When the world's central bankers speechified in DC, ironies abounded. But off to the side, Turkey had just floated a plan to grab its people’s gold.
Next week will be relatively light in economic reporting, and with no HFT exchange IPOs on deck, and the VVIX hardly large enough to warrant a TVIX type collapse, it may be downright boring. The one thing that will provide excitement is whether or not the US economic decline in March following modestly stronger than expected January and February courtesy of a record warm winter, will accelerate in order to set the stage for the April FOMC meeting in which Bill Gross, quite pregnant with a record amount of MBS, now believes the first QE hint will come. Naturally this can not happen unless the market drops first, but the market will only spike on every drop interpreting it for more QE hints, and so on in a senseless Catch 22 until the FRBNY is forced to crash the market with gusto to unleash the NEW qeasing (remember - the Fed is now officially losing the race to debase). For those looking for a more detailed preview of next week's events, Goldman provides a handy primer.
More vertigo-inducing than all of the Eurozone bailout mechanisms combined.
I firmly believe we will see Europe start to crumble during the May-June window of time. We have a confluence of political (French, Greece, Irish elections), fundamental, seasonal, technical, and monetary factors (Operation Twist 2 ends in June) occurring in that time period make the possibility of a banking Crisis in Europe higher than at any other point in the last three years.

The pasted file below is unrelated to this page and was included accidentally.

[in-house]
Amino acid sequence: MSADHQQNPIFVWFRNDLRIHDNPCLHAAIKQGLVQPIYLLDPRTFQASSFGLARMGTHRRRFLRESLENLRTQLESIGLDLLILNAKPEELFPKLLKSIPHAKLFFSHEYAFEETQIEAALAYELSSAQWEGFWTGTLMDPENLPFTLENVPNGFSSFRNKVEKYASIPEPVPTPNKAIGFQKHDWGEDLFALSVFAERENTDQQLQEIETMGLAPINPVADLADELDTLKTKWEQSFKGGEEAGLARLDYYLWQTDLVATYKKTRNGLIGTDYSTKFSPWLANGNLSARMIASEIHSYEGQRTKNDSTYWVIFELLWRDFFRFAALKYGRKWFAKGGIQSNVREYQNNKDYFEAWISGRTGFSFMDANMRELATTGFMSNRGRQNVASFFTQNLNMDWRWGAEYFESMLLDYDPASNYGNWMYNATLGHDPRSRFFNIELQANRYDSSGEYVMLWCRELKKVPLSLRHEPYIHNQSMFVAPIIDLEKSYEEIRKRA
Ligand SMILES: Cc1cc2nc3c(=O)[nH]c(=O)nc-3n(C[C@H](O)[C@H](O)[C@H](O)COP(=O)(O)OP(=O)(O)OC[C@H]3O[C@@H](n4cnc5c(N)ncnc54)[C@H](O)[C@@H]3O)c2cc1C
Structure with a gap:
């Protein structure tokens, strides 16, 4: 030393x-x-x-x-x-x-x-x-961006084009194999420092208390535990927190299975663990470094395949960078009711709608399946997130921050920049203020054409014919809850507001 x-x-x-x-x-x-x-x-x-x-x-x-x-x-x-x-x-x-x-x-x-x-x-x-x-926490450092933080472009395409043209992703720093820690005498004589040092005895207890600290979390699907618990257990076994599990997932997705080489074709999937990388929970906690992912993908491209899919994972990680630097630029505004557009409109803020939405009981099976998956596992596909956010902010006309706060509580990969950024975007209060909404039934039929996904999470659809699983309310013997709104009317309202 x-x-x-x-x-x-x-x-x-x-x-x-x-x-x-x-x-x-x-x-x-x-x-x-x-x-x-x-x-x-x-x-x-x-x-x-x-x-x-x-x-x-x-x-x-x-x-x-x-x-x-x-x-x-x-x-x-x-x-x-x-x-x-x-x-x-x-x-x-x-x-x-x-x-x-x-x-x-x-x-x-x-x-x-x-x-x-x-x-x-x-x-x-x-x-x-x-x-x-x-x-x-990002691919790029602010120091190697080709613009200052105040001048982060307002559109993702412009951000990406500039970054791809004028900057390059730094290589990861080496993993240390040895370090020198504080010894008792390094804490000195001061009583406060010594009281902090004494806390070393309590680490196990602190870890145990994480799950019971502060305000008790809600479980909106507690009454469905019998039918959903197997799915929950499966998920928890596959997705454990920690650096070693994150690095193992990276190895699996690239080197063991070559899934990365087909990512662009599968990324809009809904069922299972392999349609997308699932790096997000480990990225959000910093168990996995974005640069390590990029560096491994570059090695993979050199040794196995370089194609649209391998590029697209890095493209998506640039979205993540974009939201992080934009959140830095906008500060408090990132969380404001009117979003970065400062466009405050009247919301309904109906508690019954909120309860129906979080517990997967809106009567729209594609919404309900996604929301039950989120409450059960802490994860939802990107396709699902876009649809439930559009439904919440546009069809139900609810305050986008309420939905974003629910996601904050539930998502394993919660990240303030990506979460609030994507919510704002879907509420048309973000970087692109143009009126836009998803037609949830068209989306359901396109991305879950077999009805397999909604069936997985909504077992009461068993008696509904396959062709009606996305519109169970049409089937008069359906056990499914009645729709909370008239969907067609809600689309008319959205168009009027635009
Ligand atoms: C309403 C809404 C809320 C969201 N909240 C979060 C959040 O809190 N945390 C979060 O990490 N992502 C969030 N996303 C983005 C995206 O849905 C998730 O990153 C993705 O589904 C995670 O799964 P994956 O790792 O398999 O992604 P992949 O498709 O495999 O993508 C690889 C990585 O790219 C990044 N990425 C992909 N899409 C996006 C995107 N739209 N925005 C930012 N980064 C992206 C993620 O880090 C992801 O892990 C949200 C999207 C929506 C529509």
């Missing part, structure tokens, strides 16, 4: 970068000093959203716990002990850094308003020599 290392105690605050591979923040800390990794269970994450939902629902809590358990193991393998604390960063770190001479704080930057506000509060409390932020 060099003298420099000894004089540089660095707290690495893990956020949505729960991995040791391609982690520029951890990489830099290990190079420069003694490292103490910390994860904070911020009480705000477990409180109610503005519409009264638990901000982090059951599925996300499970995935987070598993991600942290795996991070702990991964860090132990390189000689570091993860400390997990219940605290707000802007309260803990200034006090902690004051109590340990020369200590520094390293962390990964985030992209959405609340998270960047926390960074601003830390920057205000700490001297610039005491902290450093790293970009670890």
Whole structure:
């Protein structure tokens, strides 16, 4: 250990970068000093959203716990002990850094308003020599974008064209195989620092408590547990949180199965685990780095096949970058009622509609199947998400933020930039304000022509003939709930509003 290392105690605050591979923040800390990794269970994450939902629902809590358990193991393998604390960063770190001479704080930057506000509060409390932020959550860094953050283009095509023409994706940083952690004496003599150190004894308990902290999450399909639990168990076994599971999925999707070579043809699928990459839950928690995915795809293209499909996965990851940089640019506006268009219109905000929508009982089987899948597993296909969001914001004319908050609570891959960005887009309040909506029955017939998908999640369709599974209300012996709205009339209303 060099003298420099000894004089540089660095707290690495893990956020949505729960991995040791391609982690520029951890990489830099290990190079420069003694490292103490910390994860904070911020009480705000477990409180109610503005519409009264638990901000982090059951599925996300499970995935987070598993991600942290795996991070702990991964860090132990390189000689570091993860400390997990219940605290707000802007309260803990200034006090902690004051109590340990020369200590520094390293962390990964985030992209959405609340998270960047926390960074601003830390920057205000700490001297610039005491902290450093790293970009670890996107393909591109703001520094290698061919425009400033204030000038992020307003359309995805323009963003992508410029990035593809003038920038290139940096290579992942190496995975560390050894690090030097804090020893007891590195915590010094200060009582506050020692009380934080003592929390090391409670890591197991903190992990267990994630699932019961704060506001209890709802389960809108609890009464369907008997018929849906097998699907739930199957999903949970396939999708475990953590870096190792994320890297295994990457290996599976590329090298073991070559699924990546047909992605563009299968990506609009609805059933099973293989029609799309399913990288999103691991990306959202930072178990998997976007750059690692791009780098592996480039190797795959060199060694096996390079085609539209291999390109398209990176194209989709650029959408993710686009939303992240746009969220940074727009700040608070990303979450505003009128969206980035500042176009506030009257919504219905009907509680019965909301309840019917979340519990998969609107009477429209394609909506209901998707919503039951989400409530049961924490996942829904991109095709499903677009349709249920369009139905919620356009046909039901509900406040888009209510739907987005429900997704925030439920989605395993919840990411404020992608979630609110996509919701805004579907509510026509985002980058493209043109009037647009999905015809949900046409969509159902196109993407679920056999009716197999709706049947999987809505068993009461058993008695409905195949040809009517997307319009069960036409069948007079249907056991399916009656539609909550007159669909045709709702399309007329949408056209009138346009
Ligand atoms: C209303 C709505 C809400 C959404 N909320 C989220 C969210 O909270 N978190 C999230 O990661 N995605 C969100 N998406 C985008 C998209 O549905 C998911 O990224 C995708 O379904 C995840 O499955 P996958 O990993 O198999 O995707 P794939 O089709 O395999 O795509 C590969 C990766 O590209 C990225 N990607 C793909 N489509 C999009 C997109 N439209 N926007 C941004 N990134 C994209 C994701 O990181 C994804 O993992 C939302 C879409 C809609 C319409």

In an interview with Louis James, the inimitable Doug Casey throws cold water on those celebrating the economic recovery. "Get out your mower; it's time to cut down some green shoots again, and debunk a bit of the so-called recovery."
All you need to read and some more.
BarCap said it expects precious metals to be one of the commodity price leaders in the second quarter, citing the "resumption of the kind of currency debasement/inflation concerns that have been the big driver of gold and silver prices over the past 12 months". It recommended that investors take a long position in December 2012 palladium, saying lower Russian exports should push the market into a supply deficit and bring prices "significantly above current levels" by later this year. BarCap put a second-quarter price of $745 per ounce for palladium futures on the London Metal Exchange, versus the past four weeks' average of $701. Spot palladium on the LME hit a session bottom below $645 on Thursday.
European cash equity markets were seen on a slight upward trend in the early hours of the session amid some rumours that the Chinese PBOC were considering a cut to their RRR. However, this failed to materialise and markets have now retreated into negative territory with flows seen moving into fixed income securities. This follows some market talk of selling in Greek PSI bonds due to the absence of CDSs. This sparked some renewed concern regarding the emergence of Greece from their recovery. Elsewhere, we saw the publication of the BoE’s financial stability review recommending that UK banks raise external capital as soon as possible. This saw risk-averse flows into the gilt, with futures now trading up around 40 ticks.
Bernanke and Draghi in a snit? Fed and ECB at odds? US-German regulatory run-around? Has Draghi just enaged in an act of ill-advised hubris or does he have a secret plan to stimualte Europe?